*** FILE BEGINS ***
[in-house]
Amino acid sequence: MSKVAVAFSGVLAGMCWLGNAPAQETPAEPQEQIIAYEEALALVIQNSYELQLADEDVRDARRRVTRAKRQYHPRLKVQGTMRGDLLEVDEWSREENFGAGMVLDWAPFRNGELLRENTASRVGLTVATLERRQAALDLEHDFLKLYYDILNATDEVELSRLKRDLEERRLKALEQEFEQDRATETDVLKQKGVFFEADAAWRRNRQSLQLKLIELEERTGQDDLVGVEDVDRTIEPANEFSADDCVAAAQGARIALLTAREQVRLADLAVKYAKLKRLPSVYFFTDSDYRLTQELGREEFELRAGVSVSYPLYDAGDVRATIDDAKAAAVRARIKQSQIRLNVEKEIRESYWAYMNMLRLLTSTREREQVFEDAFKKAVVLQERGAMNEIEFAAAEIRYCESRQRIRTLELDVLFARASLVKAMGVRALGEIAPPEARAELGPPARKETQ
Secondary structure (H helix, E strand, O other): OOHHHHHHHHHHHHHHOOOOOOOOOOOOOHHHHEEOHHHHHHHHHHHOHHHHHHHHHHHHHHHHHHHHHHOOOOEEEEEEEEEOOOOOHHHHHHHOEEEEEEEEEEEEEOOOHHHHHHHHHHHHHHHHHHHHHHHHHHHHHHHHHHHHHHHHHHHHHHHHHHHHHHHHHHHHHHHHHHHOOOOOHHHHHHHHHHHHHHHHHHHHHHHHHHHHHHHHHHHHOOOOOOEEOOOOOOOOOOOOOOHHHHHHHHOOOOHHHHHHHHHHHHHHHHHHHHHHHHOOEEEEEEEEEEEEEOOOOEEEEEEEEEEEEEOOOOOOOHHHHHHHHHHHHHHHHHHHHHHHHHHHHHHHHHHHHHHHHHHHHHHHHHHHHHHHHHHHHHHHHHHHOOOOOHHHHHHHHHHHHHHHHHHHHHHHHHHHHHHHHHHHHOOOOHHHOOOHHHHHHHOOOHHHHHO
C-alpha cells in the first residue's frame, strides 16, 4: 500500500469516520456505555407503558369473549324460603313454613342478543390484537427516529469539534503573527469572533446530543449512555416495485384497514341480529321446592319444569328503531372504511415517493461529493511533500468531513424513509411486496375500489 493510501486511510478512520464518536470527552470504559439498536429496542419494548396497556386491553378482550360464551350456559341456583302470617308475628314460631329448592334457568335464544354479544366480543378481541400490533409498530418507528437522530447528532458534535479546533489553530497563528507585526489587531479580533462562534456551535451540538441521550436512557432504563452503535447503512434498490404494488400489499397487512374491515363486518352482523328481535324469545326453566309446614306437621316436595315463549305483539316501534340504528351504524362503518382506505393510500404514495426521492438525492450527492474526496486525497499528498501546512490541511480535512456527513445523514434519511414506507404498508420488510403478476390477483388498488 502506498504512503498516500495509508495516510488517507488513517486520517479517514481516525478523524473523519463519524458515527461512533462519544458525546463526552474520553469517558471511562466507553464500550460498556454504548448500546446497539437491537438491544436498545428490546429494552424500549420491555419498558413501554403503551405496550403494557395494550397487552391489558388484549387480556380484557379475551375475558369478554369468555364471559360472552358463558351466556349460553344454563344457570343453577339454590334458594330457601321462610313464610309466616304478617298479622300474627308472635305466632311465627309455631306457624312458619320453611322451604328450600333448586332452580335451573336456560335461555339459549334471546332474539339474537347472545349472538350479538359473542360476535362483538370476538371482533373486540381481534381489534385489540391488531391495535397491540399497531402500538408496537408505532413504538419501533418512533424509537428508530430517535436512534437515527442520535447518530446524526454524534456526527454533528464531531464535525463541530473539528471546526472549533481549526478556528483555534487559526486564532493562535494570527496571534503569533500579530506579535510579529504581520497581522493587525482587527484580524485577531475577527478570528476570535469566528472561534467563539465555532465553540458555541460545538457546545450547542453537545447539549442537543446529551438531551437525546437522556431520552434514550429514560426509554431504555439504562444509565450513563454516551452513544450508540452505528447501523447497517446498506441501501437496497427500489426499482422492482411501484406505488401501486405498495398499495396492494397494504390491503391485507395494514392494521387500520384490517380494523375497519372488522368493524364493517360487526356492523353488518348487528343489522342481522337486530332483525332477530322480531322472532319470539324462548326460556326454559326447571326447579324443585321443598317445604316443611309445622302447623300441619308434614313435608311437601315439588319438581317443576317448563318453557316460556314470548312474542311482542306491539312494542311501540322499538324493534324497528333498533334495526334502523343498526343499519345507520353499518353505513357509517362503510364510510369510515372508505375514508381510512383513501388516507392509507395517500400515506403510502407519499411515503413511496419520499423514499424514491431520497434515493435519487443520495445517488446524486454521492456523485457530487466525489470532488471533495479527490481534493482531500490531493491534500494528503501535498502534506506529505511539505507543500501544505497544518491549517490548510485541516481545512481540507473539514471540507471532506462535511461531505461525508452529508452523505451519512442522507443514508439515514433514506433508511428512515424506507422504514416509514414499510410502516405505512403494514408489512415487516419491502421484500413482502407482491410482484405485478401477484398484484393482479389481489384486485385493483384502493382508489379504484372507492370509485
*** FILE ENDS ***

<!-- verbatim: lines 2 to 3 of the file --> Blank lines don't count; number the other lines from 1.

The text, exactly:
Amino acid sequence: MSKVAVAFSGVLAGMCWLGNAPAQETPAEPQEQIIAYEEALALVIQNSYELQLADEDVRDARRRVTRAKRQYHPRLKVQGTMRGDLLEVDEWSREENFGAGMVLDWAPFRNGELLRENTASRVGLTVATLERRQAALDLEHDFLKLYYDILNATDEVELSRLKRDLEERRLKALEQEFEQDRATETDVLKQKGVFFEADAAWRRNRQSLQLKLIELEERTGQDDLVGVEDVDRTIEPANEFSADDCVAAAQGARIALLTAREQVRLADLAVKYAKLKRLPSVYFFTDSDYRLTQELGREEFELRAGVSVSYPLYDAGDVRATIDDAKAAAVRARIKQSQIRLNVEKEIRESYWAYMNMLRLLTSTREREQVFEDAFKKAVVLQERGAMNEIEFAAAEIRYCESRQRIRTLELDVLFARASLVKAMGVRALGEIAPPEARAELGPPARKETQ
Secondary structure (H helix, E strand, O other): OOHHHHHHHHHHHHHHOOOOOOOOOOOOOHHHHEEOHHHHHHHHHHHOHHHHHHHHHHHHHHHHHHHHHHOOOOEEEEEEEEEOOOOOHHHHHHHOEEEEEEEEEEEEEOOOHHHHHHHHHHHHHHHHHHHHHHHHHHHHHHHHHHHHHHHHHHHHHHHHHHHHHHHHHHHHHHHHHHHOOOOOHHHHHHHHHHHHHHHHHHHHHHHHHHHHHHHHHHHHOOOOOOEEOOOOOOOOOOOOOOHHHHHHHHOOOOHHHHHHHHHHHHHHHHHHHHHHHHOOEEEEEEEEEEEEEOOOOEEEEEEEEEEEEEOOOOOOOHHHHHHHHHHHHHHHHHHHHHHHHHHHHHHHHHHHHHHHHHHHHHHHHHHHHHHHHHHHHHHHHHHHOOOOOHHHHHHHHHHHHHHHHHHHHHHHHHHHHHHHHHHHHOOOOHHHOOOHHHHHHHOOOHHHHHO